A quick bit of research brings up ISO 8601 (see which was devised by the International Standards Organisation in 1988. It defines a completely standardised system of describing times and dates. This was deemed necessary because of the vast variation in cultural definitions for these things.
Here's a wee example local to me. In Ghàidhlig (Scots Gaelic) there are two names for Sunday: Didòmhnaich, the Lord's Day, or Latha na Sàbaid, the Sabbath Day. The former implies Sunday is the first day of the week, the day the Lord rose from the dead, while the latter implies Sunday is the last day of the week, the day the Creator rested. I expect there's a lot of conflicting Catholic and Reformed theology in there, but that's not the point of this article. These are cultural definitions that set the context in which people experience the passing of the week. Mix in the other great religions, commercial concerns about the working week and the requirements of law and government and there can be many of these.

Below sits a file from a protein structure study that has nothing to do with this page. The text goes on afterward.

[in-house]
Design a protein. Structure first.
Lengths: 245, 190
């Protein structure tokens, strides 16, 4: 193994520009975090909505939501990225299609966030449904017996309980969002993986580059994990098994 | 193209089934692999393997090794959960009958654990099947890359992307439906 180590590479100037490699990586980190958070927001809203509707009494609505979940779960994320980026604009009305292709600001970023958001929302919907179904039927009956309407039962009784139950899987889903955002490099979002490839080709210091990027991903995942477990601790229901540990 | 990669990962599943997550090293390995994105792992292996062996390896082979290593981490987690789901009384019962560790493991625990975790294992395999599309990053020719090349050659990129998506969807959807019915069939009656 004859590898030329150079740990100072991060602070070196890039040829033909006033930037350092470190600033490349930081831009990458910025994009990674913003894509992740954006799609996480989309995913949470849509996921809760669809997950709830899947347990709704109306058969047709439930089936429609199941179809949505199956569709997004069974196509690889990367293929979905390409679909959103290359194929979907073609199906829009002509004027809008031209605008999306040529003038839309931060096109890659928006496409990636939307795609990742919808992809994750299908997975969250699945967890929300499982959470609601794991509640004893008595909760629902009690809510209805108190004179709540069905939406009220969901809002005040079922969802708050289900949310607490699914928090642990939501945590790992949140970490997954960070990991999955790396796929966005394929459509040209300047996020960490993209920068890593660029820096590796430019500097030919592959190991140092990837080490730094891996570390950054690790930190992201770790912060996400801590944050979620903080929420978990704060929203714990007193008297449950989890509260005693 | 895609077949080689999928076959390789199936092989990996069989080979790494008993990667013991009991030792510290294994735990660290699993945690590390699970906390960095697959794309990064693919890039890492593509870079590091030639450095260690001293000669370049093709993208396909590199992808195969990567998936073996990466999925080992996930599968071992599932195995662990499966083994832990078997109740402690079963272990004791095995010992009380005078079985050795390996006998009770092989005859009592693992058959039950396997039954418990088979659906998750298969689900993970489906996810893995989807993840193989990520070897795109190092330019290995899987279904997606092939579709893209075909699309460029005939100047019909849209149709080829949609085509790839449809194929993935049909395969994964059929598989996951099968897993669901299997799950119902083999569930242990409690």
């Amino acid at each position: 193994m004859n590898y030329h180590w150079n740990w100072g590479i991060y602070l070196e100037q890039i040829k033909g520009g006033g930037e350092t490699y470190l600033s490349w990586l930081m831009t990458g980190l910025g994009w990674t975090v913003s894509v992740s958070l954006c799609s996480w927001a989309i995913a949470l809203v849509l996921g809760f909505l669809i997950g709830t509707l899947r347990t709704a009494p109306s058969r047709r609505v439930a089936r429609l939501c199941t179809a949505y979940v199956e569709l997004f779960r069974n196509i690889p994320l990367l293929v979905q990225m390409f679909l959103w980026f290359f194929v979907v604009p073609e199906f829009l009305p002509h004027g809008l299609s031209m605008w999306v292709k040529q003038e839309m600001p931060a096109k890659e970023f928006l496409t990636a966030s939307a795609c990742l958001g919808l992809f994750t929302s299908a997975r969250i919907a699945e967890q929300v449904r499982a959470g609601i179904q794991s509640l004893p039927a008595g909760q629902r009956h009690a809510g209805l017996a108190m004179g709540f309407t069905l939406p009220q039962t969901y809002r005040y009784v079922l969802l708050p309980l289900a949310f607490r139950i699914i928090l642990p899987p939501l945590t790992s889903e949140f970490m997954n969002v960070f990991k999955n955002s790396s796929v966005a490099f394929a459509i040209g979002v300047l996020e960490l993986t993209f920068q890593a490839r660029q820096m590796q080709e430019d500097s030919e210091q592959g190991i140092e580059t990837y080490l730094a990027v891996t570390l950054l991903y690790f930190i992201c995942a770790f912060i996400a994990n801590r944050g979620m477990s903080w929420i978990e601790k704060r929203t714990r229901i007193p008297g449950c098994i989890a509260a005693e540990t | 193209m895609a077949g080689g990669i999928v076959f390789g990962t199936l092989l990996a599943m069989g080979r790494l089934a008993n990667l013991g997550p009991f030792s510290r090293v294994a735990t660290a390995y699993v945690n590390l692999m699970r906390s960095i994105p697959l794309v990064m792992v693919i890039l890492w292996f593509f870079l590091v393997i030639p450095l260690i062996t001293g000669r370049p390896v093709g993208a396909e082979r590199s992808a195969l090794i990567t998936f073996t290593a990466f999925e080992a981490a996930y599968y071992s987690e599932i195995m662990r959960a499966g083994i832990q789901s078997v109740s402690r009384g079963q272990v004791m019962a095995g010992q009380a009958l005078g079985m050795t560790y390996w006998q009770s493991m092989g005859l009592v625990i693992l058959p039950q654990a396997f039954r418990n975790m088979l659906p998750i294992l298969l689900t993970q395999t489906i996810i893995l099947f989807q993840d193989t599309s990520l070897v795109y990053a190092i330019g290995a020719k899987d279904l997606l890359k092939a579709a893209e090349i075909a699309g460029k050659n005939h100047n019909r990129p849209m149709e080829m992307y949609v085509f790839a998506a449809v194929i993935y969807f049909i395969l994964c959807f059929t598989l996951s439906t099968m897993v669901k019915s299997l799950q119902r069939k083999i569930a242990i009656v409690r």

Other time problems occur with phrases like, "I'll meet you at half two," which sets a meeting for half past two in some cultures or half past one in others. Not a convenient way to work in international business.

So along comes the International Standards Organisation who set a definition for all time related conversation in 1988 called ISO 8601. This defines ways of expressing the date (always Year:Month:Day, like in Astronomy) and the time, and of setting out the calendar (the week always begins on a Monday). 
Most of the countries of the world have adopted ISO 8601, with exceptions like USA, Australia and Canada. So, if I want a calendar that starts on a Sunday I better ask my Canadian and American cousins to send me a care package, because, officially the week starts on a Monday here, whether that`s the way I see the world or not.
So I wonder if this would be an interesting idea for a story. What would a world be like that had been completely ISOed for the convenience of international business with the complete submergence of the world's cultural diversity. This could happen when we look at ISO 8601. What sort of underground black market would arise where you could buy your Didòmhnaich-style calendar, or where you could buy lunch outside of the 1300 to 1330 internationally-set window? Hmm...